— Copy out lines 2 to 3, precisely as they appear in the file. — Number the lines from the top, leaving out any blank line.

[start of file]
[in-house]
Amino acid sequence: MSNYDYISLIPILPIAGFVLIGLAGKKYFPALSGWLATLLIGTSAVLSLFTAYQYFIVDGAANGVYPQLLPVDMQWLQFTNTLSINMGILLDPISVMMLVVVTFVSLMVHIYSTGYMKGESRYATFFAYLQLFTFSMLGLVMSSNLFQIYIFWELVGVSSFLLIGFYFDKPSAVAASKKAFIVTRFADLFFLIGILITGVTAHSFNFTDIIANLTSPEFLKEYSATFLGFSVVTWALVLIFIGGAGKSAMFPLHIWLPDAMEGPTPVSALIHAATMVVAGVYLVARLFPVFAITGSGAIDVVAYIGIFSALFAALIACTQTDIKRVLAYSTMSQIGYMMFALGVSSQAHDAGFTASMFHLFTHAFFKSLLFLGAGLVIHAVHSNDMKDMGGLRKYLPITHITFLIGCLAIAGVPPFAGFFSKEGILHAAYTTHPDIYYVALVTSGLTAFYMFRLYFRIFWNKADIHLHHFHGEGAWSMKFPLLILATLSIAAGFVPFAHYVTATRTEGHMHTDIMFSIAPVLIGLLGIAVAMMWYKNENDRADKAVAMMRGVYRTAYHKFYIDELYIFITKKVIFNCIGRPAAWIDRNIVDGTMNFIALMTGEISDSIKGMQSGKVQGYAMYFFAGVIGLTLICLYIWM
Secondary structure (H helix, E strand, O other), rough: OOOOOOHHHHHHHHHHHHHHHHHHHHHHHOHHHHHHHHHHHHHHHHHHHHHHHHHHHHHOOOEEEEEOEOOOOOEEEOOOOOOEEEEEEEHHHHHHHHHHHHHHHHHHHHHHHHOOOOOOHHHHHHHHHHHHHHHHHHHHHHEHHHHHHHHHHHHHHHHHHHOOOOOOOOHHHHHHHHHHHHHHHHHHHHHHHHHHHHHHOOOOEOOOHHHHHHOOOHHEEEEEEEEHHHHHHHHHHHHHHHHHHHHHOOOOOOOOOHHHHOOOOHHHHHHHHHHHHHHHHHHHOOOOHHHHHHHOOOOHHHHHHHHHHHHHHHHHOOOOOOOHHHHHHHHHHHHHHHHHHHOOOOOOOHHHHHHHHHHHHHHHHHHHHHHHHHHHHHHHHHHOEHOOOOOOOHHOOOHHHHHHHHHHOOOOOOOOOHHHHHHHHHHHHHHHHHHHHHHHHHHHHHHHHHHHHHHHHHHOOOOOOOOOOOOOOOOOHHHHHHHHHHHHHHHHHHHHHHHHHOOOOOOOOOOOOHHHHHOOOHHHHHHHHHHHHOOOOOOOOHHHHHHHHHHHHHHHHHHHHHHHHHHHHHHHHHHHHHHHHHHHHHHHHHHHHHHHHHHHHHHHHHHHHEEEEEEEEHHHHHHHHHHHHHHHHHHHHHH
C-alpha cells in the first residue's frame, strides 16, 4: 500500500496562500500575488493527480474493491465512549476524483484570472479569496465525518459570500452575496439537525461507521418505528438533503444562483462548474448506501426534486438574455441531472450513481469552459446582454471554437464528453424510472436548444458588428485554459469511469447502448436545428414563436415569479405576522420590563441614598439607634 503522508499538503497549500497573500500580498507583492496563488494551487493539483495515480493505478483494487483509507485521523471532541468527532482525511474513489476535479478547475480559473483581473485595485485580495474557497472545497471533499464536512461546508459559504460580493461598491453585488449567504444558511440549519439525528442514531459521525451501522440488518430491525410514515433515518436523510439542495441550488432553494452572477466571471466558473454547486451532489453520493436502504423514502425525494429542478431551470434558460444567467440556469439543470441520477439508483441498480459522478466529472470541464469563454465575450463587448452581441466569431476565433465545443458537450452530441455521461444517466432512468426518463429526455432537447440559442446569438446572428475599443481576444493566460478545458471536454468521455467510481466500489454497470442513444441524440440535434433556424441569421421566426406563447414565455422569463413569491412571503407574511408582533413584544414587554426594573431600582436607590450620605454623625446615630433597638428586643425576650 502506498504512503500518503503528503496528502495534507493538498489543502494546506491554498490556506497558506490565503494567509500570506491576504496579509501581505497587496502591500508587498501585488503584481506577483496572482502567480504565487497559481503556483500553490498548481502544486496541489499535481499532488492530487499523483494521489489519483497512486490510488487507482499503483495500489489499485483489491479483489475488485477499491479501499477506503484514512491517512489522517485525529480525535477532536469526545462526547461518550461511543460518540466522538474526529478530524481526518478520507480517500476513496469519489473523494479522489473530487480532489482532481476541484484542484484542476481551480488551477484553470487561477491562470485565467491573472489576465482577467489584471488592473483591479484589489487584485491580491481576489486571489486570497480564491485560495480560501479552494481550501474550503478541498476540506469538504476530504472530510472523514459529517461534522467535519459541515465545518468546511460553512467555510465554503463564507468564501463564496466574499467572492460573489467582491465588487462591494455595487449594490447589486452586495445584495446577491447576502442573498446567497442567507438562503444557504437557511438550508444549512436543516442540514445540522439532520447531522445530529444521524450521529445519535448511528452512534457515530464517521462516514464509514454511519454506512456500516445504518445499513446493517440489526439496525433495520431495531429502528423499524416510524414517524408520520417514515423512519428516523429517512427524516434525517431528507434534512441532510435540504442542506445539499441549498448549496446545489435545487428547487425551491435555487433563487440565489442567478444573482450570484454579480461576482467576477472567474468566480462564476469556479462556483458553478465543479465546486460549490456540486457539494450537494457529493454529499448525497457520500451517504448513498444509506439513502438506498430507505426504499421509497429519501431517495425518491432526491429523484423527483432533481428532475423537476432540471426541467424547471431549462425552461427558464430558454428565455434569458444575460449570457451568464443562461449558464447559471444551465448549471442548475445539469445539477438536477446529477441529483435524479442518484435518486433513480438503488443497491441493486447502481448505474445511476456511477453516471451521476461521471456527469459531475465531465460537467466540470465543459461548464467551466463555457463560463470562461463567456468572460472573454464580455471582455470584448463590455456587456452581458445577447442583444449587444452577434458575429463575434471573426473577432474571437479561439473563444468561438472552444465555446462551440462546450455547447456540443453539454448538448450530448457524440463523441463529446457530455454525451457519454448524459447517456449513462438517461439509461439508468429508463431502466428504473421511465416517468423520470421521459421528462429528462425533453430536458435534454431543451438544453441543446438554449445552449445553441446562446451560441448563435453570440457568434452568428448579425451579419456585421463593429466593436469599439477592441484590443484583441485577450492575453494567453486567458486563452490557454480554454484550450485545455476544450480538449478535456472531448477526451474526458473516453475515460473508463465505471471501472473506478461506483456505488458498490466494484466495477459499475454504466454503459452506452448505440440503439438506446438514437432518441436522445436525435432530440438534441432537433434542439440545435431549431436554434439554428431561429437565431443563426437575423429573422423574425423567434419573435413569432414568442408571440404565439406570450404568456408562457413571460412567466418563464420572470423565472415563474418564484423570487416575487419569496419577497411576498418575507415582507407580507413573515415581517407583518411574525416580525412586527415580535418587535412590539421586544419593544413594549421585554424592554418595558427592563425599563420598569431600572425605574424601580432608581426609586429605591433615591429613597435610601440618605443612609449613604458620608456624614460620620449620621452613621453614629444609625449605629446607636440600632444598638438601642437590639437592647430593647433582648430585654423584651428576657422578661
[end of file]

Amino acid sequence: MSNYDYISLIPILPIAGFVLIGLAGKKYFPALSGWLATLLIGTSAVLSLFTAYQYFIVDGAANGVYPQLLPVDMQWLQFTNTLSINMGILLDPISVMMLVVVTFVSLMVHIYSTGYMKGESRYATFFAYLQLFTFSMLGLVMSSNLFQIYIFWELVGVSSFLLIGFYFDKPSAVAASKKAFIVTRFADLFFLIGILITGVTAHSFNFTDIIANLTSPEFLKEYSATFLGFSVVTWALVLIFIGGAGKSAMFPLHIWLPDAMEGPTPVSALIHAATMVVAGVYLVARLFPVFAITGSGAIDVVAYIGIFSALFAALIACTQTDIKRVLAYSTMSQIGYMMFALGVSSQAHDAGFTASMFHLFTHAFFKSLLFLGAGLVIHAVHSNDMKDMGGLRKYLPITHITFLIGCLAIAGVPPFAGFFSKEGILHAAYTTHPDIYYVALVTSGLTAFYMFRLYFRIFWNKADIHLHHFHGEGAWSMKFPLLILATLSIAAGFVPFAHYVTATRTEGHMHTDIMFSIAPVLIGLLGIAVAMMWYKNENDRADKAVAMMRGVYRTAYHKFYIDELYIFITKKVIFNCIGRPAAWIDRNIVDGTMNFIALMTGEISDSIKGMQSGKVQGYAMYFFAGVIGLTLICLYIWM
Secondary structure (H helix, E strand, O other), rough: OOOOOOHHHHHHHHHHHHHHHHHHHHHHHOHHHHHHHHHHHHHHHHHHHHHHHHHHHHHOOOEEEEEOEOOOOOEEEOOOOOOEEEEEEEHHHHHHHHHHHHHHHHHHHHHHHHOOOOOOHHHHHHHHHHHHHHHHHHHHHHEHHHHHHHHHHHHHHHHHHHOOOOOOOOHHHHHHHHHHHHHHHHHHHHHHHHHHHHHHOOOOEOOOHHHHHHOOOHHEEEEEEEEHHHHHHHHHHHHHHHHHHHHHOOOOOOOOOHHHHOOOOHHHHHHHHHHHHHHHHHHHOOOOHHHHHHHOOOOHHHHHHHHHHHHHHHHHOOOOOOOHHHHHHHHHHHHHHHHHHHOOOOOOOHHHHHHHHHHHHHHHHHHHHHHHHHHHHHHHHHHOEHOOOOOOOHHOOOHHHHHHHHHHOOOOOOOOOHHHHHHHHHHHHHHHHHHHHHHHHHHHHHHHHHHHHHHHHHHOOOOOOOOOOOOOOOOOHHHHHHHHHHHHHHHHHHHHHHHHHOOOOOOOOOOOOHHHHHOOOHHHHHHHHHHHHOOOOOOOOHHHHHHHHHHHHHHHHHHHHHHHHHHHHHHHHHHHHHHHHHHHHHHHHHHHHHHHHHHHHHHHHHHHHEEEEEEEEHHHHHHHHHHHHHHHHHHHHHH